Wednesday, July 24, 2013

Modern Happiness.

“The only time you should look in your neighbor's bowl is to make sure that they have enough. You don't look in your neighbor's bowl to see if you have as much as them.” - Louis C.K.

"Comparison is the thief of joy." - Theodore Roosevelt

These two quotes have been tumbling around in my brain a lot lately.  Despite all that I have, it seems easy to get sucked into a vortex of envy and loathing when one looks over the fence and sees all that green grass.  The Internet makes this easier than ever before.  Historically, there were always ways to tell what class a person was or what one suspected they had going on in their lives.  For a very long time, it was how one dressed.  This changed in the industrial age when ready-to-wear clothing made it affordable for everyone to dress like the class they wanted to be.  So, we had to find new ways to make each other feel inferior.  Cars, houses, appliances...I think the idea is clear.  Still, in the United States, we have deemed ourselves a "class-less society," which is laughable.  We all consider ourselves middle-class.  No one wants to be lower-class (whatever that means), but no one wants to be elite either.  

Thanks to the Internet, we can more easily see the things people have, partly because they spend time posting them on Facebook, Instagram, and Twitter.  So-and-so bought a house; him-and-her are having another baby; this-and-that are getting a promotion.  Suddenly you're sad because those people are doing the things you wish you could do.  Oof.  It's the worst.  It's probably weird of me to admit it, but from discussions with my friends, I know I'm not alone.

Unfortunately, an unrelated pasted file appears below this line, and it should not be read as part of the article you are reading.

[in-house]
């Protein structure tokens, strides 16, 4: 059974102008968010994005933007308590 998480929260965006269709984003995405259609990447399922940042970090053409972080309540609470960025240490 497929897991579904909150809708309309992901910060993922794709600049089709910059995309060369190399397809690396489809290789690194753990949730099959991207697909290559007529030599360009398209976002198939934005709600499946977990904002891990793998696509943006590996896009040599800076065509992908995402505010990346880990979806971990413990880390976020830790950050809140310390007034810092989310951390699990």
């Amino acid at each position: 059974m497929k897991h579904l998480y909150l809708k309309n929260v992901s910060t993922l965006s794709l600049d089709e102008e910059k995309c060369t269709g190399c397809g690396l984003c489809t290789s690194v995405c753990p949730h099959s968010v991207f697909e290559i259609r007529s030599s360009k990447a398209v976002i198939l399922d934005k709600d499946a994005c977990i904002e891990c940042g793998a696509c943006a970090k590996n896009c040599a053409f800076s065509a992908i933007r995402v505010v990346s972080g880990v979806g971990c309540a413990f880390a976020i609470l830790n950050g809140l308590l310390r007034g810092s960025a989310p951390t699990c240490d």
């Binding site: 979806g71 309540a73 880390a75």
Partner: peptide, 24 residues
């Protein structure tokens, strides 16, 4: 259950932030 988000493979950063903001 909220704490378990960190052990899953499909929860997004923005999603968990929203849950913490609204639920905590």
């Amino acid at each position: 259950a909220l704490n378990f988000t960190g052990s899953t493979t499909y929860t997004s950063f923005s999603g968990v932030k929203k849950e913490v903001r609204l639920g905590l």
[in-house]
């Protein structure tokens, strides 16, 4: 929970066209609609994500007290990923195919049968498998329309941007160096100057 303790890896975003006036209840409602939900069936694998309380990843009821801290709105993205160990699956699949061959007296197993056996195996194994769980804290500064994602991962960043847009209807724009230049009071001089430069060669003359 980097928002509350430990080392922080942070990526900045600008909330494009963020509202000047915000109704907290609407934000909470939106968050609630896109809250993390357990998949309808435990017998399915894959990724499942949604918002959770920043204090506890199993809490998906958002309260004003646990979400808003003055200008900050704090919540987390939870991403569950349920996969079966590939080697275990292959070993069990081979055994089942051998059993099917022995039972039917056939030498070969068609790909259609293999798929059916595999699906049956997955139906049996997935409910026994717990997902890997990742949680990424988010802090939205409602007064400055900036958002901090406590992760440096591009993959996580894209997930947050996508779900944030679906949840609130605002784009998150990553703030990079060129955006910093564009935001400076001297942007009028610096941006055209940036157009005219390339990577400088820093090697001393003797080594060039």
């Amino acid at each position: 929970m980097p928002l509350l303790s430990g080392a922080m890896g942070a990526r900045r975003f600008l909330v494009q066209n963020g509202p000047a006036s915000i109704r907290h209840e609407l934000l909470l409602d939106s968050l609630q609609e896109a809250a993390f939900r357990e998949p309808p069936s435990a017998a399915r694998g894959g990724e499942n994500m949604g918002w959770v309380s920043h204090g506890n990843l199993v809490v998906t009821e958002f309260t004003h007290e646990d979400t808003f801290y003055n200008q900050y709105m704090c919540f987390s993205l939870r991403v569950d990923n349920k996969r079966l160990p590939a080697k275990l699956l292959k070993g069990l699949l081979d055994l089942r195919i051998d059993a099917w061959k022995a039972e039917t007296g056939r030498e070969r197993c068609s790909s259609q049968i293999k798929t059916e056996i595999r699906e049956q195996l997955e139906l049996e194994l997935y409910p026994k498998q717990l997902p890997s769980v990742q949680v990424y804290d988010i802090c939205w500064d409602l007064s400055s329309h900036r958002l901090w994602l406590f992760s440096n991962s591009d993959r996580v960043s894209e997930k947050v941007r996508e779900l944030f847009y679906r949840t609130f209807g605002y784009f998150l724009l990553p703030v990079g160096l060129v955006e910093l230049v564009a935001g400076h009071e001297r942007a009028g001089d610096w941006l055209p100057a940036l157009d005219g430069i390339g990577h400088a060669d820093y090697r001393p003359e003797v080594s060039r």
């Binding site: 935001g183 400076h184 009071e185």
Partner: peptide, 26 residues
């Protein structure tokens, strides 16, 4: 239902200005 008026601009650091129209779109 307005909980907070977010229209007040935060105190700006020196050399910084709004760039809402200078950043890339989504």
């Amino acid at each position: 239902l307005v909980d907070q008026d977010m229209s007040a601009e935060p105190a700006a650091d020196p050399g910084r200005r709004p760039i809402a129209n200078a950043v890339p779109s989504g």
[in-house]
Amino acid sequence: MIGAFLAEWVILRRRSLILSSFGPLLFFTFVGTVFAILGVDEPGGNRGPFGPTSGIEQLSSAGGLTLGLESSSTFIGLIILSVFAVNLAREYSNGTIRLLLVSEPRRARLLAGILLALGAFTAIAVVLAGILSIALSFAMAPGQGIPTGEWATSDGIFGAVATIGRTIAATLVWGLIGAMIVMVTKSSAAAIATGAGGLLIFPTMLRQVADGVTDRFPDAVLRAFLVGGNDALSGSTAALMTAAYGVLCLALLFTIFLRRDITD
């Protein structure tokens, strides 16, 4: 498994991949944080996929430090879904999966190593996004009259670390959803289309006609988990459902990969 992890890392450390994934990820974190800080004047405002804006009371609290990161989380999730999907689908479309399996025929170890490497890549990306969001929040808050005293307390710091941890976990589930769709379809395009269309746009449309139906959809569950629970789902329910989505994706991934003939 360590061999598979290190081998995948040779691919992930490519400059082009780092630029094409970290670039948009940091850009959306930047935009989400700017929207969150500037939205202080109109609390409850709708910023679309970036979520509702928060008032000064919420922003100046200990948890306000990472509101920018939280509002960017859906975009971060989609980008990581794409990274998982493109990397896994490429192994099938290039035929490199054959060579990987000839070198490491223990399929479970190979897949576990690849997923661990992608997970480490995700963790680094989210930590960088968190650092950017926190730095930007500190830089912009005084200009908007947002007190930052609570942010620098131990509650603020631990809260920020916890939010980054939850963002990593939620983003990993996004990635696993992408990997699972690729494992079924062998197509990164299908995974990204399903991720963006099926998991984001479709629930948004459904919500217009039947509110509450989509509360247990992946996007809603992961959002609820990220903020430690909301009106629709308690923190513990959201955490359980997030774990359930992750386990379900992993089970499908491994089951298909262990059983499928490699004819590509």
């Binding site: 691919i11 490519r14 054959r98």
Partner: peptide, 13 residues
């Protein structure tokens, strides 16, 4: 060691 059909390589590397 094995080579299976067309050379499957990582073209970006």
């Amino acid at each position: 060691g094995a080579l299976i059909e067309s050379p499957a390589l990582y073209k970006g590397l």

But I have a full fridge (of weird food; it's been a strange meal week here), I have a car that runs and lets me listen to music on my commute, and I have a healthy family who makes me really happy.  I have a house to protect me when it rains, and it has enough space to let me grow tomatoes.  In short, I'm a really lucky person.  Why do I let the joys of other become my insecurities?  

I've made a promise to myself concerning self-improvement, as of late.  Most goals are tangible: get in shape; eat well; crochet; write 1000 words a day.  However, a few are mental, and most people will never notice they occurred, which is fine.  The above quotes pretty much sum it all up.  Be happy with the wonderful life I have and ensure that I'm doing what I can to lift others up.  Teaching helps me do that.  I do a little charity here and there.  I think my happiness will increase if I keep all this in mind.

I hope you enjoyed this little philosophical side-bar.   I'll get back to talking about crochet, gardening, and E in due time.